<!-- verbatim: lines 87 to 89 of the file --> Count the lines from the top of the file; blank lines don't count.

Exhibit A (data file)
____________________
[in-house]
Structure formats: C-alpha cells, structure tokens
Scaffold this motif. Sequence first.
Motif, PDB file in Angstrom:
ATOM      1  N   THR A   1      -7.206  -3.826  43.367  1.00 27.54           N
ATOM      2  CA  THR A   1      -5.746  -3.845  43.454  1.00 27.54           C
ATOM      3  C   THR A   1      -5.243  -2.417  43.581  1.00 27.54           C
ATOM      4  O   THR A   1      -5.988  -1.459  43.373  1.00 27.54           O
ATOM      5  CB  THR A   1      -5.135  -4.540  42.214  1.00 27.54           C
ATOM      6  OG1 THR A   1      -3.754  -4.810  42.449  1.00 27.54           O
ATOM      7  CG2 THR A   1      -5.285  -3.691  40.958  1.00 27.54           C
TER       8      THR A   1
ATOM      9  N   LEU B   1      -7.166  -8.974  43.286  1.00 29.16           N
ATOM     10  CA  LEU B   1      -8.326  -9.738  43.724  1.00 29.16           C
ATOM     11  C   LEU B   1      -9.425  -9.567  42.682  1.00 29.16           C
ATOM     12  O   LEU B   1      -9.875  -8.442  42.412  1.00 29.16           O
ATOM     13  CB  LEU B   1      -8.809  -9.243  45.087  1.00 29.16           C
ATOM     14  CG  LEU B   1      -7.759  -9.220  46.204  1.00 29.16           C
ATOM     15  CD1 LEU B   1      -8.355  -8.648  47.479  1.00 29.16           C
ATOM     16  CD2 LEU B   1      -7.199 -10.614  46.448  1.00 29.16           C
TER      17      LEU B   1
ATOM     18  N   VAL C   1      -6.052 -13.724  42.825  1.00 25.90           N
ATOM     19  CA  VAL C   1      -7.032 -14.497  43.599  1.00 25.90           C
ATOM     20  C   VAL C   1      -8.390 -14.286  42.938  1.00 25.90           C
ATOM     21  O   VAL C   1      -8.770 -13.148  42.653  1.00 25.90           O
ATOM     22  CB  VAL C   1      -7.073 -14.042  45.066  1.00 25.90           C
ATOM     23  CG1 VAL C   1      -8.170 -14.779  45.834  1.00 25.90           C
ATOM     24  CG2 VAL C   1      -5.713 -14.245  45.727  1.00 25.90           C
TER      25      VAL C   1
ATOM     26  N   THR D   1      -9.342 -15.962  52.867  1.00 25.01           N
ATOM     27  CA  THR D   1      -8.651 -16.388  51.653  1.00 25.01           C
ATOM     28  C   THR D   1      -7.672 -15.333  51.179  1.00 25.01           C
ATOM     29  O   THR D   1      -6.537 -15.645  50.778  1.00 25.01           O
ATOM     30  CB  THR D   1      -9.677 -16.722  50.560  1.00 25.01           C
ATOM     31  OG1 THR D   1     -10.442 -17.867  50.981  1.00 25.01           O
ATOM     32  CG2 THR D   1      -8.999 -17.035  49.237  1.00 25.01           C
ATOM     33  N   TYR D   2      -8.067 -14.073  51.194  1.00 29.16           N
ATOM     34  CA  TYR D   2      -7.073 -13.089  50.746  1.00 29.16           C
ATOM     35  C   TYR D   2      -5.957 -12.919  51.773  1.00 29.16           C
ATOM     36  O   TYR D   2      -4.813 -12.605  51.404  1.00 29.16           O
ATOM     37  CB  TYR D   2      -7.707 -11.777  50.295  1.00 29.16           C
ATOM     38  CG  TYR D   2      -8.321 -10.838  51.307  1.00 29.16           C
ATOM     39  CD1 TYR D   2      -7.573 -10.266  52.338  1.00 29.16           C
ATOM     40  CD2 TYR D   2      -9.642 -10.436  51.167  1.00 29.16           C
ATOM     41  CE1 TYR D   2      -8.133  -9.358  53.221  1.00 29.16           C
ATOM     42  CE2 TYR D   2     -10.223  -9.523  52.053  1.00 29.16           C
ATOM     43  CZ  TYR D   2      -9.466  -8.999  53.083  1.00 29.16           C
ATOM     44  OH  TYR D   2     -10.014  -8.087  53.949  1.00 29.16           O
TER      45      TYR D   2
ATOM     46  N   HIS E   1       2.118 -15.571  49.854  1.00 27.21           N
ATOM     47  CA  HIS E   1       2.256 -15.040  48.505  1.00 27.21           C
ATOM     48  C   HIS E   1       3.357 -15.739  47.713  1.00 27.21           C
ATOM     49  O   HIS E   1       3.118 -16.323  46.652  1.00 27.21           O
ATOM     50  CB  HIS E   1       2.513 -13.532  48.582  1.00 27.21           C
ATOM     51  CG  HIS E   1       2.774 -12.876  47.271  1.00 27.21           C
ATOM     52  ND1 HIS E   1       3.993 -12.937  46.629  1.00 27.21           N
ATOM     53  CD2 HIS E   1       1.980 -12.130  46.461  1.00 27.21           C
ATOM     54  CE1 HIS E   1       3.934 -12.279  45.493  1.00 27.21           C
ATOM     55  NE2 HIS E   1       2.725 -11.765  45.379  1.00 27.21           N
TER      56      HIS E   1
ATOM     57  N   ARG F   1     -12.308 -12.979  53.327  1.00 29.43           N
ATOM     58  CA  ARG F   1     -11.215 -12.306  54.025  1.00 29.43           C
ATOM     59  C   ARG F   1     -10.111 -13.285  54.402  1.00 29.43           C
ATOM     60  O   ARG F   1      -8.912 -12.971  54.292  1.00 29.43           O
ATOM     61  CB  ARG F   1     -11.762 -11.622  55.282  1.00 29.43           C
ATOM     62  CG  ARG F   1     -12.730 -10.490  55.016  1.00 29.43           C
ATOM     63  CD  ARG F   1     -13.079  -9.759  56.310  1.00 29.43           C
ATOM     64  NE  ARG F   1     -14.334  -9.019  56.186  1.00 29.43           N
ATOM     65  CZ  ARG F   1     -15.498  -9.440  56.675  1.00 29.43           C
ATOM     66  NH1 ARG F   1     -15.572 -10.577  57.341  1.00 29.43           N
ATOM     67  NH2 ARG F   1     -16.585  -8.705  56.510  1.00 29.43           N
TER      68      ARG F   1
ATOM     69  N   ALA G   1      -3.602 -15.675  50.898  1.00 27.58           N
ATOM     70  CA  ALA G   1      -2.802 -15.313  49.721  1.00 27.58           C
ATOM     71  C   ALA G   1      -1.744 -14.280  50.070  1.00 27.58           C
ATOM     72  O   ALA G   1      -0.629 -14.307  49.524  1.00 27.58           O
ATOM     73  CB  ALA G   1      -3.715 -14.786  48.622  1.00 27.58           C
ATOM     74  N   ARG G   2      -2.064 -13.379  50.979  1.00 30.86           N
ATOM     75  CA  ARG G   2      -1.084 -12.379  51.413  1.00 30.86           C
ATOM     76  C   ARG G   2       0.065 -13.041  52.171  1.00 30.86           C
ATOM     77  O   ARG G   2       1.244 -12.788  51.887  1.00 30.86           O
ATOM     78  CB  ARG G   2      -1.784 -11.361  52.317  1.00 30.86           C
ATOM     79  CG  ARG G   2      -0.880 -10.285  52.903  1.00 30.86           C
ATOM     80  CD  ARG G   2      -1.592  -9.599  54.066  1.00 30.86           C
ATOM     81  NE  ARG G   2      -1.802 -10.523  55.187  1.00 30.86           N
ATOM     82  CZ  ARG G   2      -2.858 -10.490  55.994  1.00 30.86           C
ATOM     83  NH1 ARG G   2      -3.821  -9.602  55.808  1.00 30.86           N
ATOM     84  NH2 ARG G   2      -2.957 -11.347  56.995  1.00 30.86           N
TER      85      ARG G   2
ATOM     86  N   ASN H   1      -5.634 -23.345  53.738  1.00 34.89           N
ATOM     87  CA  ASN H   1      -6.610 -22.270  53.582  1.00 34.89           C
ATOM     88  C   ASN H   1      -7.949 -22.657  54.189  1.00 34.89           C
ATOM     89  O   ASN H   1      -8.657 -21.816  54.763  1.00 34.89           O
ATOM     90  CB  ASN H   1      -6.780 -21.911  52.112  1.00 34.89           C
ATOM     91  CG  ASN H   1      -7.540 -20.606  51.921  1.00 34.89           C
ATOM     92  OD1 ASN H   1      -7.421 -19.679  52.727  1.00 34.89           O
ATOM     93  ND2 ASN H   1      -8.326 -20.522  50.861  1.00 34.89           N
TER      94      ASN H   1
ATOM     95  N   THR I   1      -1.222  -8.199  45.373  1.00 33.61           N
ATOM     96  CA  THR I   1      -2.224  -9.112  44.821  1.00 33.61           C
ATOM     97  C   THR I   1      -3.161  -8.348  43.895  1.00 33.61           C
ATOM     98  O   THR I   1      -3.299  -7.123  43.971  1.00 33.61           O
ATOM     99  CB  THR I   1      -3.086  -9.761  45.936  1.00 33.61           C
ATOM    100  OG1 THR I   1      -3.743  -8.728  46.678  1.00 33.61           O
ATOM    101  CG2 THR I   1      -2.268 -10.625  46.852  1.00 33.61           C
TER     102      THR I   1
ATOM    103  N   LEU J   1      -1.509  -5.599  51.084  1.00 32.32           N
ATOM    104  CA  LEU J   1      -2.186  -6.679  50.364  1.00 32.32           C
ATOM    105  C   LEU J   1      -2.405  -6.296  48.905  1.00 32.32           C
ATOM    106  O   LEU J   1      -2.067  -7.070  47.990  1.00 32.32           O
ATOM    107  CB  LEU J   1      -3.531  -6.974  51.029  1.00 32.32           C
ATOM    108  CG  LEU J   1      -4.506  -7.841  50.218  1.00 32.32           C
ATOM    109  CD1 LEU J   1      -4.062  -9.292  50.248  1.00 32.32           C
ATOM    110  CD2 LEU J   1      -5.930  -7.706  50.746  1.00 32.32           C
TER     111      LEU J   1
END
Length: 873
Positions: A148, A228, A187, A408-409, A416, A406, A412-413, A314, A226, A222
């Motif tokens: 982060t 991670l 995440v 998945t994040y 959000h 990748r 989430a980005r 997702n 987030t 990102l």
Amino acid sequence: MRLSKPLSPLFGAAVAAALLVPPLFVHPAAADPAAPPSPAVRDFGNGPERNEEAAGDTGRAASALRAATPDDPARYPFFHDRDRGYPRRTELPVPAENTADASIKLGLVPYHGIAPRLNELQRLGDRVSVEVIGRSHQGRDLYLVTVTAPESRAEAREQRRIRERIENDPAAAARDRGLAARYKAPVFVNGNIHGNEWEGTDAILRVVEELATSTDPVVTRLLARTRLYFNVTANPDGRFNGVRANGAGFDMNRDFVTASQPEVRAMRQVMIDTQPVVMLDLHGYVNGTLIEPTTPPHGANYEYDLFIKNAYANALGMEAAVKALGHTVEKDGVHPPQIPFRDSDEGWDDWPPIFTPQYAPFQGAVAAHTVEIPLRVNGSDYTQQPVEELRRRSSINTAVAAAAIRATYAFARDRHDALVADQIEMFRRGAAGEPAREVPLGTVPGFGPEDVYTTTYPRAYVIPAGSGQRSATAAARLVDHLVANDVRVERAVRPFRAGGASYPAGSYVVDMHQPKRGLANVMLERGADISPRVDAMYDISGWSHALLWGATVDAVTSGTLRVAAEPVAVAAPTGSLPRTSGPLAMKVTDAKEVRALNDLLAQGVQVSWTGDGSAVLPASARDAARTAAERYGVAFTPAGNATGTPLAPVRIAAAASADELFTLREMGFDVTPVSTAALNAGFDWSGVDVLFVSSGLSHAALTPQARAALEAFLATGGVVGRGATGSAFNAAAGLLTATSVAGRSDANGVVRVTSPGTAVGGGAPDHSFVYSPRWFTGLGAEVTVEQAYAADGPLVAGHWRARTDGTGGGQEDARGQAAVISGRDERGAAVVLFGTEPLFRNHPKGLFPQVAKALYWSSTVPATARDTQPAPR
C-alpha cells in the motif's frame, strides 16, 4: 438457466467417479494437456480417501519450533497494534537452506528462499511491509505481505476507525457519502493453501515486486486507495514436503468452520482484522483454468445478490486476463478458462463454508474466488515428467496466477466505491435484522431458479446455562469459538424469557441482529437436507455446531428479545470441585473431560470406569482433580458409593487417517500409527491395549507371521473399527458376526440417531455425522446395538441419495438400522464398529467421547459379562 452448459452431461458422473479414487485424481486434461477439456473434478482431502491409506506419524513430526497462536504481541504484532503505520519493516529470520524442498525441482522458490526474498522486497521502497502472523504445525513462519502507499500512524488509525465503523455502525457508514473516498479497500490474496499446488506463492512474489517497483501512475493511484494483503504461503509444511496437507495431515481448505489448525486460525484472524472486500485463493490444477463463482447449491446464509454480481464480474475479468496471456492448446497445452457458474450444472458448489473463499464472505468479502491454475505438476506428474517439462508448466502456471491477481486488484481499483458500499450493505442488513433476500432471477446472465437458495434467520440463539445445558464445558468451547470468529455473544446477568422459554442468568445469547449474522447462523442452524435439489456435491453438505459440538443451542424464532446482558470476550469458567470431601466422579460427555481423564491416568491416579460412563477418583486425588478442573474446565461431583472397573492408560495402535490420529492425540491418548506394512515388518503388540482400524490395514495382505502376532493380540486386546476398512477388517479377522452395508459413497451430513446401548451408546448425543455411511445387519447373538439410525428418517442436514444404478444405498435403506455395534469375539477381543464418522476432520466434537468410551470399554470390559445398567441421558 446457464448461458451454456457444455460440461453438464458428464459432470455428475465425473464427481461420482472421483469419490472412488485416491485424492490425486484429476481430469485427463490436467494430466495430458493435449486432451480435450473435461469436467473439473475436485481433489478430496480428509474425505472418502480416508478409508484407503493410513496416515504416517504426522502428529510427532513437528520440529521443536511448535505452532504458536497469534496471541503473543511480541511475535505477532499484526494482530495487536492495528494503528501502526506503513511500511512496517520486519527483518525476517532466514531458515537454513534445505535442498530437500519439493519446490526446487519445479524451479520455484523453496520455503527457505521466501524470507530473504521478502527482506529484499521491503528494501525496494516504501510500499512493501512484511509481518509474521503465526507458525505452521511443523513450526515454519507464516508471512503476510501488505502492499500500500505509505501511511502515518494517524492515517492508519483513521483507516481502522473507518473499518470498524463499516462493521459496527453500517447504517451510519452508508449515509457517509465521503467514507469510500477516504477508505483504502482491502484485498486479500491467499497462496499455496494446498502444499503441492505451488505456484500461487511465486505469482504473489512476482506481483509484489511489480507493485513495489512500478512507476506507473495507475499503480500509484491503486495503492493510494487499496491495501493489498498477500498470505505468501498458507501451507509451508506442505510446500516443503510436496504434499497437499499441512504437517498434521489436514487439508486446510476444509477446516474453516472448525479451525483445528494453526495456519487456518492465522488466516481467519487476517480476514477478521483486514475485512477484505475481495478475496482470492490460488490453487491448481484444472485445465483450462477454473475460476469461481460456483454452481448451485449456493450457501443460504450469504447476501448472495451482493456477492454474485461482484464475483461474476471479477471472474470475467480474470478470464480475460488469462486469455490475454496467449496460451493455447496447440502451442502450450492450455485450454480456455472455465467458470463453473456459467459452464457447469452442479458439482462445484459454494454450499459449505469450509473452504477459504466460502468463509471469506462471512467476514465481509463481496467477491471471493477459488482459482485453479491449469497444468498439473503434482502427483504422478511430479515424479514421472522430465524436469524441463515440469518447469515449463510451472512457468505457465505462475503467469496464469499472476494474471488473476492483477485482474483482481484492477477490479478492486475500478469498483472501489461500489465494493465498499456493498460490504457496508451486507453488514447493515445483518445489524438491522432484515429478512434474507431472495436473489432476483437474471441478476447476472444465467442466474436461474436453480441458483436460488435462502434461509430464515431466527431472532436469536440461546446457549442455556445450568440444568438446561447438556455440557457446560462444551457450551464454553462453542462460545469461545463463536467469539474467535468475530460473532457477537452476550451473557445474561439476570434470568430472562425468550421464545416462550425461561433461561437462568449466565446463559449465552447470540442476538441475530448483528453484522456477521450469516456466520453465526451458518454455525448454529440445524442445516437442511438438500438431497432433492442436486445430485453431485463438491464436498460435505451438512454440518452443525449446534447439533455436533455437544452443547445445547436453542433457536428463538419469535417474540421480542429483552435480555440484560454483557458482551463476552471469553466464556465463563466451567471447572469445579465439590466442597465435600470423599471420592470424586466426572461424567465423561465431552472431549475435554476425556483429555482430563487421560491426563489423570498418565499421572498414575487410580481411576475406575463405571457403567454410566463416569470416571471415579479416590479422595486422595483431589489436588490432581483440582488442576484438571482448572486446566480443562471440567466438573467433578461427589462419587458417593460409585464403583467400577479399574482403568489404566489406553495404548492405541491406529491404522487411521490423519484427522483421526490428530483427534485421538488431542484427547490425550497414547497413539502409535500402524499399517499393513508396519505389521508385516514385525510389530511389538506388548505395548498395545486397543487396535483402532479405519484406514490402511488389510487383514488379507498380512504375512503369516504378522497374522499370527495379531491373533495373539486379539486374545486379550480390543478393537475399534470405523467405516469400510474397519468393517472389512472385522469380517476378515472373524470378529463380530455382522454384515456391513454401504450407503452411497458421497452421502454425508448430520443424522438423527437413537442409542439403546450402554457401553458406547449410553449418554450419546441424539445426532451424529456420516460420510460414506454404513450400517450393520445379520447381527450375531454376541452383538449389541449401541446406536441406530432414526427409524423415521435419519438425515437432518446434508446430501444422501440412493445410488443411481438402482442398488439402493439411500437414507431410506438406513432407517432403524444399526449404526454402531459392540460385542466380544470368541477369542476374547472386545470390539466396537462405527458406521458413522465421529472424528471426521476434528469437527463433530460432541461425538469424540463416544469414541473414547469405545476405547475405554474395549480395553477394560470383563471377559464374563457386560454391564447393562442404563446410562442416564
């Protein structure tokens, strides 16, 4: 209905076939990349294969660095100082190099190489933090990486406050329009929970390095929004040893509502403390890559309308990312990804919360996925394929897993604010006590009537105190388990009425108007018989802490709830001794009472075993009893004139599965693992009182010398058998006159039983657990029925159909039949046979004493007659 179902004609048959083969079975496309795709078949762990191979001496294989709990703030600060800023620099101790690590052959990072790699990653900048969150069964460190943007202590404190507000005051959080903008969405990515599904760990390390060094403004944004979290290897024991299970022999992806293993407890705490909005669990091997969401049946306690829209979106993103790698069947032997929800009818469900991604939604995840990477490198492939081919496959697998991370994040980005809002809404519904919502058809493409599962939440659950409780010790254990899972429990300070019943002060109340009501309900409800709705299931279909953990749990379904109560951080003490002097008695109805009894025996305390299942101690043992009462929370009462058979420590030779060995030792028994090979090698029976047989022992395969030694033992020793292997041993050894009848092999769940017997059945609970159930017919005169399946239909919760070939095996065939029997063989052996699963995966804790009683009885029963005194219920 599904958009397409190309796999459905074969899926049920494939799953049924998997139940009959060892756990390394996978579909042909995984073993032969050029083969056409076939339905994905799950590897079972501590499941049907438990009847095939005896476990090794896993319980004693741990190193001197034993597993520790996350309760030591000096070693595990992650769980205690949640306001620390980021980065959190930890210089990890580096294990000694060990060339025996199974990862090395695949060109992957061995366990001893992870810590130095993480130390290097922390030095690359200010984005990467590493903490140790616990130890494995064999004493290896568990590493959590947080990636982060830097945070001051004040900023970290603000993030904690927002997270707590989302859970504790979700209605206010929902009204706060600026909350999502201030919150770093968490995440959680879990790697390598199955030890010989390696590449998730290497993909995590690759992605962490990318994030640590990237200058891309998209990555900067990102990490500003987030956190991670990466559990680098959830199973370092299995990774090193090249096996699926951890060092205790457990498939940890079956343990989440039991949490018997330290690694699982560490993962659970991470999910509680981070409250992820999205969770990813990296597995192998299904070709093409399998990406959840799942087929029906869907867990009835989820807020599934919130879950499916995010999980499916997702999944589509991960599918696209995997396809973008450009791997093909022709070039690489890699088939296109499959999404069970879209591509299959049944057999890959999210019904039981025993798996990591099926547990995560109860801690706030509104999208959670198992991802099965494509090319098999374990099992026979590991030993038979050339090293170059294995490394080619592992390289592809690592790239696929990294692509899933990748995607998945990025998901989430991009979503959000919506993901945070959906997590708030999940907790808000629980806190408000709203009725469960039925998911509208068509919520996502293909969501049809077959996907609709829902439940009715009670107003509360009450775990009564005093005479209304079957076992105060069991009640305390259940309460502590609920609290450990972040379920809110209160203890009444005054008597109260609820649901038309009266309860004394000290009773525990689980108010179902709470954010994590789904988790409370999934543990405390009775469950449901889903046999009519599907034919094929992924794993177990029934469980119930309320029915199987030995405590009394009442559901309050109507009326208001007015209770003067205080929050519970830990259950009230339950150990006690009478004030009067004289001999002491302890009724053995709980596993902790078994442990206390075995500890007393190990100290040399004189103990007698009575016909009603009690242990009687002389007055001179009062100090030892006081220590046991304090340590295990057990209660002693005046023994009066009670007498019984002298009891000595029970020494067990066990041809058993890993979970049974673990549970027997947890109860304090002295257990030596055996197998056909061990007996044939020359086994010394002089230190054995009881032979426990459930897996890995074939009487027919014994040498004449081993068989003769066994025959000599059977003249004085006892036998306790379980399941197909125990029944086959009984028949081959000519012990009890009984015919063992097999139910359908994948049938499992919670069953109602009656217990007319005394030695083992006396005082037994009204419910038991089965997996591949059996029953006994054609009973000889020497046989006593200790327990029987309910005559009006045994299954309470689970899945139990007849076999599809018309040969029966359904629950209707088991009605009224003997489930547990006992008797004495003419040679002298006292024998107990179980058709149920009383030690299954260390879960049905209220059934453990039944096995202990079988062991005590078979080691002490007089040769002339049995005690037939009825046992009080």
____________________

ATOM     83  NH1 ARG G   2      -3.821  -9.602  55.808  1.00 30.86           N
ATOM     84  NH2 ARG G   2      -2.957 -11.347  56.995  1.00 30.86           N
TER      85      ARG G   2